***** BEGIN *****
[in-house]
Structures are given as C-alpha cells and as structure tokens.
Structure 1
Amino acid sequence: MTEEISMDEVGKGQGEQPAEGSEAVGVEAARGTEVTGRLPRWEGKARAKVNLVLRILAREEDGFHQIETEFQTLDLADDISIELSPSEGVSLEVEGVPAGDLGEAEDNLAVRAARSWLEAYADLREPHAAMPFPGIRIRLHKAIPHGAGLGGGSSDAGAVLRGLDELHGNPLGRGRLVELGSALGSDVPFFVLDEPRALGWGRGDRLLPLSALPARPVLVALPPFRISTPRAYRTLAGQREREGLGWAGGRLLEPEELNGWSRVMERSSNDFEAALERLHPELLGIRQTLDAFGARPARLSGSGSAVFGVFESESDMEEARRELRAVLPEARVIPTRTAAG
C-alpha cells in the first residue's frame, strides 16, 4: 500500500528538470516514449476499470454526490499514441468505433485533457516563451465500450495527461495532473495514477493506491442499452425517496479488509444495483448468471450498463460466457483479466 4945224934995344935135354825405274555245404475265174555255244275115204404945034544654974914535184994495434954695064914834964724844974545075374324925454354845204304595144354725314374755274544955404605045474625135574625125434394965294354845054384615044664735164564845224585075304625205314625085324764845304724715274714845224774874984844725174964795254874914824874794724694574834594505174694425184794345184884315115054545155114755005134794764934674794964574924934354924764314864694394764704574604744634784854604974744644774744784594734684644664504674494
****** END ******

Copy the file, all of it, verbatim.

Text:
[in-house]
Structures are given as C-alpha cells and as structure tokens.
Structure 1
Amino acid sequence: MTEEISMDEVGKGQGEQPAEGSEAVGVEAARGTEVTGRLPRWEGKARAKVNLVLRILAREEDGFHQIETEFQTLDLADDISIELSPSEGVSLEVEGVPAGDLGEAEDNLAVRAARSWLEAYADLREPHAAMPFPGIRIRLHKAIPHGAGLGGGSSDAGAVLRGLDELHGNPLGRGRLVELGSALGSDVPFFVLDEPRALGWGRGDRLLPLSALPARPVLVALPPFRISTPRAYRTLAGQREREGLGWAGGRLLEPEELNGWSRVMERSSNDFEAALERLHPELLGIRQTLDAFGARPARLSGSGSAVFGVFESESDMEEARRELRAVLPEARVIPTRTAAG
C-alpha cells in the first residue's frame, strides 16, 4: 500500500528538470516514449476499470454526490499514441468505433485533457516563451465500450495527461495532473495514477493506491442499452425517496479488509444495483448468471450498463460466457483479466 4945224934995344935135354825405274555245404475265174555255244275115204404945034544654974914535184994495434954695064914834964724844974545075374324925454354845204304595144354725314374755274544955404605045474625135574625125434394965294354845054384615044664735164564845224585075304625205314625085324764845304724715274714845224774874984844725174964795254874914824874794724694574834594505174694425184794345184884315115054545155114755005134794764934674794964574924934354924764314864694394764704574604744634784854604974744644774744784594734684644664504674494